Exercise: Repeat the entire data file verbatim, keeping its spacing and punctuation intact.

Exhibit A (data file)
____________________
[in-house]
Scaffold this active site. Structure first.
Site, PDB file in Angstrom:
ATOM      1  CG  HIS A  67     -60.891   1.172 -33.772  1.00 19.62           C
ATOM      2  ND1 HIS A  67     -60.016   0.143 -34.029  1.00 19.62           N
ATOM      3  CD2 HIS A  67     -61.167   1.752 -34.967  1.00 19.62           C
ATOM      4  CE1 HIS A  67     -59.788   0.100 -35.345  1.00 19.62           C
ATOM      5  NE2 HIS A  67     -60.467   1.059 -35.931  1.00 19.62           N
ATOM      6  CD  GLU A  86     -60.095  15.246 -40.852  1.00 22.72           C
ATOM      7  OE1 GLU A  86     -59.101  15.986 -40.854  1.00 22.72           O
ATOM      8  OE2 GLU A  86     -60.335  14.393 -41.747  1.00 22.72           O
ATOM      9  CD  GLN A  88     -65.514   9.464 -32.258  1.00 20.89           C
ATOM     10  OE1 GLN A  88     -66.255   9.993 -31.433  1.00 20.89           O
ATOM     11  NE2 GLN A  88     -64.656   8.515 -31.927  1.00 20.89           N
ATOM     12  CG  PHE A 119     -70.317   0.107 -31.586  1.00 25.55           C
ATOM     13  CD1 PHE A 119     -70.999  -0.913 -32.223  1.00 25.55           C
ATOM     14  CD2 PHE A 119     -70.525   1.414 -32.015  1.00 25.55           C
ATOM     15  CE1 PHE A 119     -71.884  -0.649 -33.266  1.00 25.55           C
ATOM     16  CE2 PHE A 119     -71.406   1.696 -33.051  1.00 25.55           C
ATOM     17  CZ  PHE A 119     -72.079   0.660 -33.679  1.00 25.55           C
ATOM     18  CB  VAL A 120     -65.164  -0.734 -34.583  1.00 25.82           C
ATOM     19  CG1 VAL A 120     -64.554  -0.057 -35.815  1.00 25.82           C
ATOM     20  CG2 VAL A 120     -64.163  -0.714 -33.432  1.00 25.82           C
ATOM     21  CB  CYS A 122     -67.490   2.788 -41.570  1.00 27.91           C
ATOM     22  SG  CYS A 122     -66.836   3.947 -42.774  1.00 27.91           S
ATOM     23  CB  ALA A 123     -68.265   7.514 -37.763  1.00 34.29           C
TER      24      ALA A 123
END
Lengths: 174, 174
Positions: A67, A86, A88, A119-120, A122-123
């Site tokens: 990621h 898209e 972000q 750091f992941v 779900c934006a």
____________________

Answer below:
[in-house]
Scaffold this active site. Structure first.
Site, PDB file in Angstrom:
ATOM      1  CG  HIS A  67     -60.891   1.172 -33.772  1.00 19.62           C
ATOM      2  ND1 HIS A  67     -60.016   0.143 -34.029  1.00 19.62           N
ATOM      3  CD2 HIS A  67     -61.167   1.752 -34.967  1.00 19.62           C
ATOM      4  CE1 HIS A  67     -59.788   0.100 -35.345  1.00 19.62           C
ATOM      5  NE2 HIS A  67     -60.467   1.059 -35.931  1.00 19.62           N
ATOM      6  CD  GLU A  86     -60.095  15.246 -40.852  1.00 22.72           C
ATOM      7  OE1 GLU A  86     -59.101  15.986 -40.854  1.00 22.72           O
ATOM      8  OE2 GLU A  86     -60.335  14.393 -41.747  1.00 22.72           O
ATOM      9  CD  GLN A  88     -65.514   9.464 -32.258  1.00 20.89           C
ATOM     10  OE1 GLN A  88     -66.255   9.993 -31.433  1.00 20.89           O
ATOM     11  NE2 GLN A  88     -64.656   8.515 -31.927  1.00 20.89           N
ATOM     12  CG  PHE A 119     -70.317   0.107 -31.586  1.00 25.55           C
ATOM     13  CD1 PHE A 119     -70.999  -0.913 -32.223  1.00 25.55           C
ATOM     14  CD2 PHE A 119     -70.525   1.414 -32.015  1.00 25.55           C
ATOM     15  CE1 PHE A 119     -71.884  -0.649 -33.266  1.00 25.55           C
ATOM     16  CE2 PHE A 119     -71.406   1.696 -33.051  1.00 25.55           C
ATOM     17  CZ  PHE A 119     -72.079   0.660 -33.679  1.00 25.55           C
ATOM     18  CB  VAL A 120     -65.164  -0.734 -34.583  1.00 25.82           C
ATOM     19  CG1 VAL A 120     -64.554  -0.057 -35.815  1.00 25.82           C
ATOM     20  CG2 VAL A 120     -64.163  -0.714 -33.432  1.00 25.82           C
ATOM     21  CB  CYS A 122     -67.490   2.788 -41.570  1.00 27.91           C
ATOM     22  SG  CYS A 122     -66.836   3.947 -42.774  1.00 27.91           S
ATOM     23  CB  ALA A 123     -68.265   7.514 -37.763  1.00 34.29           C
TER      24      ALA A 123
END
Lengths: 174, 174
Positions: A67, A86, A88, A119-120, A122-123
């Site tokens: 990621h 898209e 972000q 750091f992941v 779900c934006a």